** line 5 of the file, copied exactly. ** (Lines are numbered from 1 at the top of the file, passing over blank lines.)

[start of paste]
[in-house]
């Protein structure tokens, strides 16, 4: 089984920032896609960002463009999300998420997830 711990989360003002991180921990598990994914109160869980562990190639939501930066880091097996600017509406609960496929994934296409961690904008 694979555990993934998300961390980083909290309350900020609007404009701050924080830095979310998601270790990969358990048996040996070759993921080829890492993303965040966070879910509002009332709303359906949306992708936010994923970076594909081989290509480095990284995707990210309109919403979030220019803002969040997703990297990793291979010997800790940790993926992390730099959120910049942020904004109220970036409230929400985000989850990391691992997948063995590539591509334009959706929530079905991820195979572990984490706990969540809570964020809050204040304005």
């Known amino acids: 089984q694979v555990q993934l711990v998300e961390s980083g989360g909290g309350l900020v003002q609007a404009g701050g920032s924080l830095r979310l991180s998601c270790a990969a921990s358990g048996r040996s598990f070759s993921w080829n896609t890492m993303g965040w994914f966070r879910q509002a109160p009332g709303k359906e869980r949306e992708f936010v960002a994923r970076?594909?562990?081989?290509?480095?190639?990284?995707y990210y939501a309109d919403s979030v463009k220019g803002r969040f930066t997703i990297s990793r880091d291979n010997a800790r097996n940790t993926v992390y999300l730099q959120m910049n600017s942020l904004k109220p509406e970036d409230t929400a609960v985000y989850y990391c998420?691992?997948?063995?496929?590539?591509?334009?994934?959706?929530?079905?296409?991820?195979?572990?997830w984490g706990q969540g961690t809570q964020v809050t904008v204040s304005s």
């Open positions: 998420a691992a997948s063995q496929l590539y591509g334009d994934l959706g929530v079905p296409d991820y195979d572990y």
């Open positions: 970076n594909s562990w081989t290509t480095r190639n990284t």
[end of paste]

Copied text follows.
């Open positions: 970076n594909s562990w081989t290509t480095r190639n990284t």